There was once something quite enjoyable about being able to scream into the void.
In 2007 when I first joined Twitter, anonymity and the ability to create an avatar personality defined interaction. You were joining the discussion, but not necessarily as yourself. Few used their own name, many relied on avatar images suggesting their hobbies and inspirations. You could construct a different identity. Yes, you may ask, why would you want to? Facebook allowed us to share updates with our friends. Then we began to realise there is a reason we don’t stay in touch with all of our friends. To be honest, many of them are pretty dull. Twitter unbound the ties of Facebook. You didn’t have to know everybody. You could chat, anonymously, about issues you were passionate about, jokes you found funny, events you were involved in. For several months my better half developed a Twitter relationship with Duncan Jones, just after he made Moon. It was democratic, accessible. It was fun.
Look at Twitter now and it is an unrecognisable network. Like a rampant celebrity hell bent on notoriety it has pushed itself into the headlines. Like a starlet dressed to shock, stumbling out of nightclubs it is chasing the limelight. That, we know, ends in one of two ways; either we stop watching or it all implodes.
Twitter hasn’t chased these headlines itself, but its users have. Obsessed with the opportunity they believe it portrays to make a name for yourself in the simplest, easiest way possible, with the littlest amount of effort, they lash out. Yesterday I read the Twitter feeds of two self-confessed trolls who had been outed by Kirsty Allsop. They revelled in their notoriety. The 17 year old who sent threats to Tom Daley now has 50,000 + followers. The next time he speaks people will listen, no matter what it is he says.
It is notoriety and fame they seek, all measured by a follower number. If someone says something offensive, automatically you look at their follower number; under 100 and they’re dismissed as a troll or a crank, over 300 and they’re a wit. If you want people to follow you need to be outrageous, outspoken and often plain offensive. You thought Britain’s Got Talent was bad? Shoving people who really just needed a hug and a little bit of support in front of a stage with millions watching merely to laugh at them? Anything for fame, dahling. The next step is that you can be the Frankie Boyle of Battersea, get your name trending and you’ll be a man, my son. It is not all Twitterers that do this, but the numbers that do are growing.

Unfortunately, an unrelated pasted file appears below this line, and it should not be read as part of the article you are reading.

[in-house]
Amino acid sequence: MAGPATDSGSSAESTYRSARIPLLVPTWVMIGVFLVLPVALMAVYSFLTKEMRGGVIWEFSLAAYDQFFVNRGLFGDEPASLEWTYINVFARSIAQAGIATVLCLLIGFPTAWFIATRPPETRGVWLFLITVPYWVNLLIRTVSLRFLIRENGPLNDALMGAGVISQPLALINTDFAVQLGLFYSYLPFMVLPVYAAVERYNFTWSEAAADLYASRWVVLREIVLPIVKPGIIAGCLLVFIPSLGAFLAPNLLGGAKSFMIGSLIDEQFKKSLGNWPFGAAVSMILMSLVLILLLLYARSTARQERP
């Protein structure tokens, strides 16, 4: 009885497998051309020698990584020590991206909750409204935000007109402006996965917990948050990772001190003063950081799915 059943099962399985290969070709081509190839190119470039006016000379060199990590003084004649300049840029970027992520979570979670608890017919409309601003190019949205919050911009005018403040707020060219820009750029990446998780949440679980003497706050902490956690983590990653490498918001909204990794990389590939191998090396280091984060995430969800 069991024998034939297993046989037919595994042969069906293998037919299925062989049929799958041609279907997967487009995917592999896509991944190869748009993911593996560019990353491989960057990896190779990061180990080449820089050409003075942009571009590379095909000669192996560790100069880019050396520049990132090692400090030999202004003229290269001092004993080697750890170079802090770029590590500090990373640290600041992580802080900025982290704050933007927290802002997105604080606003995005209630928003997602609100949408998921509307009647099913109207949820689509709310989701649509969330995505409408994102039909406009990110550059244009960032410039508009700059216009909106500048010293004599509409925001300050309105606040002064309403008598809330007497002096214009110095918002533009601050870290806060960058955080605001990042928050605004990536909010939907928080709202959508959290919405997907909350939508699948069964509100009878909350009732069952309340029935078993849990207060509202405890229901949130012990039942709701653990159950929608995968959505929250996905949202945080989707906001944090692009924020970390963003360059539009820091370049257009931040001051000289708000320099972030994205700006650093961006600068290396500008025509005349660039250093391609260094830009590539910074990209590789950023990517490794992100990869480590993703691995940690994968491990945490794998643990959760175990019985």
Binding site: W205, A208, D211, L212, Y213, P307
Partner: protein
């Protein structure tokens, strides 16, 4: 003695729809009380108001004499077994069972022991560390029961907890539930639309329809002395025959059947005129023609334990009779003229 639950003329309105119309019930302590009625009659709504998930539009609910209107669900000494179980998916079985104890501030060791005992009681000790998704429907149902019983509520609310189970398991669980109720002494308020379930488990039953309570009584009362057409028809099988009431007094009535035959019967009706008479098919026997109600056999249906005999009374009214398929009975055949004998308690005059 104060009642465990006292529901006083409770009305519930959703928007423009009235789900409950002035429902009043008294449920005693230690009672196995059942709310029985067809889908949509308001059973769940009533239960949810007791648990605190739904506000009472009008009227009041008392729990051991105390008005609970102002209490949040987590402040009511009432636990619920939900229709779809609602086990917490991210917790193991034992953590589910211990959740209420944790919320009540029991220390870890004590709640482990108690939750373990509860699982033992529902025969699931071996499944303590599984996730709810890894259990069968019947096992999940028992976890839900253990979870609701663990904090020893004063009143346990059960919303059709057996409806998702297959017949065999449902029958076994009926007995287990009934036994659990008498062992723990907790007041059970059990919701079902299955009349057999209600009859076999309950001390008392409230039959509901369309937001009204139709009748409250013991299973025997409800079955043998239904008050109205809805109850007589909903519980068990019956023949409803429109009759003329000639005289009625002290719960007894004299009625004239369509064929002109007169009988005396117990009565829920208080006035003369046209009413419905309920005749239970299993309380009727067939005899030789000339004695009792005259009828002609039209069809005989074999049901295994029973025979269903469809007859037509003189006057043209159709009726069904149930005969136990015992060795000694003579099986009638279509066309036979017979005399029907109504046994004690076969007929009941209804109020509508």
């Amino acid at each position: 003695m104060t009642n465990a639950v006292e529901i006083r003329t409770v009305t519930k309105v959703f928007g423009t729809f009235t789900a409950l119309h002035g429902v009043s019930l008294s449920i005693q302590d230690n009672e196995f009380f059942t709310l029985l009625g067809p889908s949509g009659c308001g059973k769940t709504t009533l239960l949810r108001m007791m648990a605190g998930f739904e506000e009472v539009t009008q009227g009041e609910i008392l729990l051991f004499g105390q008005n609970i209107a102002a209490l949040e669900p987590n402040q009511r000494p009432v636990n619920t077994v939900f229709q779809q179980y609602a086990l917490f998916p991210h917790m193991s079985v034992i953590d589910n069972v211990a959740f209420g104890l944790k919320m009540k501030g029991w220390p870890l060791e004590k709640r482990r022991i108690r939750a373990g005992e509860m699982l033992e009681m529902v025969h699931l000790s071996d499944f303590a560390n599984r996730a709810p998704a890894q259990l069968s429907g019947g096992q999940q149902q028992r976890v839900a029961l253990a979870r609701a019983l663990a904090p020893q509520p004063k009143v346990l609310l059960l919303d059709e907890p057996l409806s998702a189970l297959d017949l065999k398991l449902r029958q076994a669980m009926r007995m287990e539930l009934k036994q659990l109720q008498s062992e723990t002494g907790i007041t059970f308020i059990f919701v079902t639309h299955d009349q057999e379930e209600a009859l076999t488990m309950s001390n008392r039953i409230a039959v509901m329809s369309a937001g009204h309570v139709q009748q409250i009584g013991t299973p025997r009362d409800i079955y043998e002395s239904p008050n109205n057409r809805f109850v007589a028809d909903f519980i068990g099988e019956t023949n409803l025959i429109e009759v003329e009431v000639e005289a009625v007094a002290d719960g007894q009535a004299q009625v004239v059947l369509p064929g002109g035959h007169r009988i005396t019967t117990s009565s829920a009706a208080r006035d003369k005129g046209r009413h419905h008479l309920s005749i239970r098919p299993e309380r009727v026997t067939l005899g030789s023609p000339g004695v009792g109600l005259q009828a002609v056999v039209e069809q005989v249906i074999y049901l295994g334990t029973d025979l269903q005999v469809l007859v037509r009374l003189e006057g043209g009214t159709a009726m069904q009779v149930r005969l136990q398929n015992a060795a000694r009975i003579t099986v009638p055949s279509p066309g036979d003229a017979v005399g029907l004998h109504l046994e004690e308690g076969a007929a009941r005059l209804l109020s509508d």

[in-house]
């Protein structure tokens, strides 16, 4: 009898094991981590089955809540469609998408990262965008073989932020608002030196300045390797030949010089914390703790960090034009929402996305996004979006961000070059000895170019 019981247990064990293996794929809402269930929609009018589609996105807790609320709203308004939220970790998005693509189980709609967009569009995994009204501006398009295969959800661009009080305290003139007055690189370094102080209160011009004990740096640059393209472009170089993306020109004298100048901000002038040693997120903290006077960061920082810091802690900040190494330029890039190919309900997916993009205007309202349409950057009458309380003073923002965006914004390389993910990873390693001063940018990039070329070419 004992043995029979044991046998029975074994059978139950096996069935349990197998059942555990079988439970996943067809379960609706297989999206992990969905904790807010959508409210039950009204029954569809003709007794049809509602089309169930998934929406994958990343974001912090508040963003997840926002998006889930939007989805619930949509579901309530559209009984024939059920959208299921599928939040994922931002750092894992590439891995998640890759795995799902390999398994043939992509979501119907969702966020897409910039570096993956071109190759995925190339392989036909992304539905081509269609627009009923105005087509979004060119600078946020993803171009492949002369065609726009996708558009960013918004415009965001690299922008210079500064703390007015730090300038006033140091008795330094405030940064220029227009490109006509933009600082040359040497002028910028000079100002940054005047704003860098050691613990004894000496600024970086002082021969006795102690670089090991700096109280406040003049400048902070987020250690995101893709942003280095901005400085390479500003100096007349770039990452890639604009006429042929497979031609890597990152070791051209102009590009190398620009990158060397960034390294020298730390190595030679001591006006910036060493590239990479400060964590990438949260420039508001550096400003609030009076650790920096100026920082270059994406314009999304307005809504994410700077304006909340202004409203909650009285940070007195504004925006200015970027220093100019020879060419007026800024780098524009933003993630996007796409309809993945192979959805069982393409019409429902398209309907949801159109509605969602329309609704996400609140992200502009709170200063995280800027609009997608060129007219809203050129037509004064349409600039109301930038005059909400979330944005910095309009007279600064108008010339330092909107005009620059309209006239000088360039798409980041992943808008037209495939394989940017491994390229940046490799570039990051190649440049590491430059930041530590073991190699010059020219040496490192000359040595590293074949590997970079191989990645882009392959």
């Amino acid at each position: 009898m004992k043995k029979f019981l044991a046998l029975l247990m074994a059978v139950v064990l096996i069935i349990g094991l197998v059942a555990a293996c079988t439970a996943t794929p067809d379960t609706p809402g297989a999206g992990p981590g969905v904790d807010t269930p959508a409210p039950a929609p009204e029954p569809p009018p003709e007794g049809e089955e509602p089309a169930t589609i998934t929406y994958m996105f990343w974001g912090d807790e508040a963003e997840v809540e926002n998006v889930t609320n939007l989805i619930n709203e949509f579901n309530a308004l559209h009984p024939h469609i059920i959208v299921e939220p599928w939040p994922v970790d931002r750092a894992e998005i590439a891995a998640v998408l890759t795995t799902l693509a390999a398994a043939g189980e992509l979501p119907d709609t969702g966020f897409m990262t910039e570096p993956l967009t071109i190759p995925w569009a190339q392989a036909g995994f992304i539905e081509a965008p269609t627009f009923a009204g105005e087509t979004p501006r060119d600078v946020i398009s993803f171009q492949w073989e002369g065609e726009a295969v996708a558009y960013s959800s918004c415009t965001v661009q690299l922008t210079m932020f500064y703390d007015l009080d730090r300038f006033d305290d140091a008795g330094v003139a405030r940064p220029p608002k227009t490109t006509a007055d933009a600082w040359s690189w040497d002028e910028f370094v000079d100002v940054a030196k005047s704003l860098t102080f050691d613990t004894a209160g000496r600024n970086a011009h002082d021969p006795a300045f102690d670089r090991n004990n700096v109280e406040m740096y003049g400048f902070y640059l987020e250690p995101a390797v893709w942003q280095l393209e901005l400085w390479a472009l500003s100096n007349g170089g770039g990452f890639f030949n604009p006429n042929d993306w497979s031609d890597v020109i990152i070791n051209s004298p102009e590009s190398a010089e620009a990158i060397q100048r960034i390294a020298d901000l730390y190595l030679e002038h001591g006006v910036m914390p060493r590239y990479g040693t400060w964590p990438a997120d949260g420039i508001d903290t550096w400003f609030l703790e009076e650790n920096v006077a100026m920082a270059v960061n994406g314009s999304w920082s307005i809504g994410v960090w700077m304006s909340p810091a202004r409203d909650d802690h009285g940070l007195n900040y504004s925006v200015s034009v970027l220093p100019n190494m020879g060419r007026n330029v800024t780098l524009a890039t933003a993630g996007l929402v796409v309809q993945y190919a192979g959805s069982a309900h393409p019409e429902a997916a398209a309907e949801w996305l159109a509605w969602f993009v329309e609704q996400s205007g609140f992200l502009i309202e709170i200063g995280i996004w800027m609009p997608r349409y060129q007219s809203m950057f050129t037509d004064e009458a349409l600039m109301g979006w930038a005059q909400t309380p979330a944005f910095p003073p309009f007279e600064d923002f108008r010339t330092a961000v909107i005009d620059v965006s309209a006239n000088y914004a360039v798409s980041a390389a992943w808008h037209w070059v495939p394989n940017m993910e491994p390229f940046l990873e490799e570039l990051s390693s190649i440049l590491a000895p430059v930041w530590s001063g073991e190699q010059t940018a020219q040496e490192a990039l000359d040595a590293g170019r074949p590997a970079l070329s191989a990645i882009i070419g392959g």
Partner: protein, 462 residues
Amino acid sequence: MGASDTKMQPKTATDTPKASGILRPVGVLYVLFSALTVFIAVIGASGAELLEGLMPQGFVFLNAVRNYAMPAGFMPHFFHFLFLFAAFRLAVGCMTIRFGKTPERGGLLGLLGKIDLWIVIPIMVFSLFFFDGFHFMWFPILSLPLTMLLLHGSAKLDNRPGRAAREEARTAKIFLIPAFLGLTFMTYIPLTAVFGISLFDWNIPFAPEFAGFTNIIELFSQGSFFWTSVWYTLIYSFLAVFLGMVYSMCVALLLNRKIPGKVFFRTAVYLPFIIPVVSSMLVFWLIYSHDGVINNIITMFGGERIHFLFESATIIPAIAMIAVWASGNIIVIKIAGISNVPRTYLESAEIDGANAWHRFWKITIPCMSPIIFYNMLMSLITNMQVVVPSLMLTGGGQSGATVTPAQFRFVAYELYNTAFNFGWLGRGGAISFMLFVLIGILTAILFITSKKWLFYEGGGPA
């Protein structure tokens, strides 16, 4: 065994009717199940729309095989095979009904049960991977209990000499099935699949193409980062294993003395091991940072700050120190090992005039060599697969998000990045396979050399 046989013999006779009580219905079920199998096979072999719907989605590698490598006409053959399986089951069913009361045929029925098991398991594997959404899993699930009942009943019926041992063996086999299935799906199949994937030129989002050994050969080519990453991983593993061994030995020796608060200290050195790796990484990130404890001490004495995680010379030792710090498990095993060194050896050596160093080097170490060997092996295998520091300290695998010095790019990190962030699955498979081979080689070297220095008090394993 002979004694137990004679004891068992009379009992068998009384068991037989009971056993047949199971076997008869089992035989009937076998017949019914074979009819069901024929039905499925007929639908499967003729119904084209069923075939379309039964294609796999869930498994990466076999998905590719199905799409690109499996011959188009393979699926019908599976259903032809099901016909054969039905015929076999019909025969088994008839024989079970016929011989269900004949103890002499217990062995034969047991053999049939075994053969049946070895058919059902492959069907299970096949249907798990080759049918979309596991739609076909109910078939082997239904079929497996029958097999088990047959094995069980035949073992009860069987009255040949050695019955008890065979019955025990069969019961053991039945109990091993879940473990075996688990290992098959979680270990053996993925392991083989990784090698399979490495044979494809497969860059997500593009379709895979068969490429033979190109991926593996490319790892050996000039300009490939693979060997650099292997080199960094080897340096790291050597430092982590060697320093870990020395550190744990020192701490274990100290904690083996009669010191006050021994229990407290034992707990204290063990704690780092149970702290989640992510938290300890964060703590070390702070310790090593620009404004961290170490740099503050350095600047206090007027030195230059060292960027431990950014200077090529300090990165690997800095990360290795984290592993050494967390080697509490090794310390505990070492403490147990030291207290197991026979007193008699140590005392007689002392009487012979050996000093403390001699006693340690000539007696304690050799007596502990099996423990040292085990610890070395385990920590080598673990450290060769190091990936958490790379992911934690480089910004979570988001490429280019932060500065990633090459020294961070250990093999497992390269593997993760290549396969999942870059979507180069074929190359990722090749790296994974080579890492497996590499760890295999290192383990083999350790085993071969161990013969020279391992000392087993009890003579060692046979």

There will also be a desire for people to be famous, but what we’re creating on Twitter is a moral vacuum. It’s a news source and is reported as such, even if reporters don’t know the actual facts (who knows whether a carer or concerned parent suggested the police should visit the 17 year old if they were worried about his state of mind?). Trolling becomes acceptable because an individual lashes out, sections of the media become hysterical, they publish what was said (to a far larger audience, I might add), more people attack. They issue their own death threats, use their own Anglo-Saxon language. But that’s all right because he started it. No, that’s not all right, that’s playground politics. If you’re not mature enough to understand that, then perhaps you’re not mature enough to be broadcasting to the public.
This isn’t about free speech, it isn’t about not being able to fully express ourselves. There are some people who are not able to. We’ve known that since we had the first fight with the class bully and realised he used his fists because he was largely inarticulate. It’s about what we want to create and how we want to be seen. If we create a social network where trending topics are so vicious, so hate-filled in their misogyny, racism, bigotry and ignorance, then to quote Mrs Landingham “Hell, I don’t even want to know you”. A social network populated by hoards who support Chris Brown and get his name trending (the rapper, not my better half), despite the fact he beat his girlfriend and continues to display behaviour that suggests he hasn’t truly understood the impact of what he did, is surely one that’s broken.
So here’s my solution. Abandon follower numbers. If you’re not chasing notoriety then you can be yourself once again. If I was really compiling my wish list I’d ask for Twitter to remove offensive hashtags; for some journalists to, oh I don’t know, not use the lazy option of rifling through Twitter feeds to find suitable quotes and actually, say, interview people? But that’s unlikely to happen. It has become a news source and that it will remain until its bubble bursts.
Yet if we want people to stop using it as a platform to leap into fame and fortune – whatever that is – we need to take away the carrot. Because all we’ve got right now is a whole lot of stick. We have to create the society we want to live in. Twitter is betraying the very worst side of ourselves. We must change for one simple reason; please God don’t let David Cameron be proved right.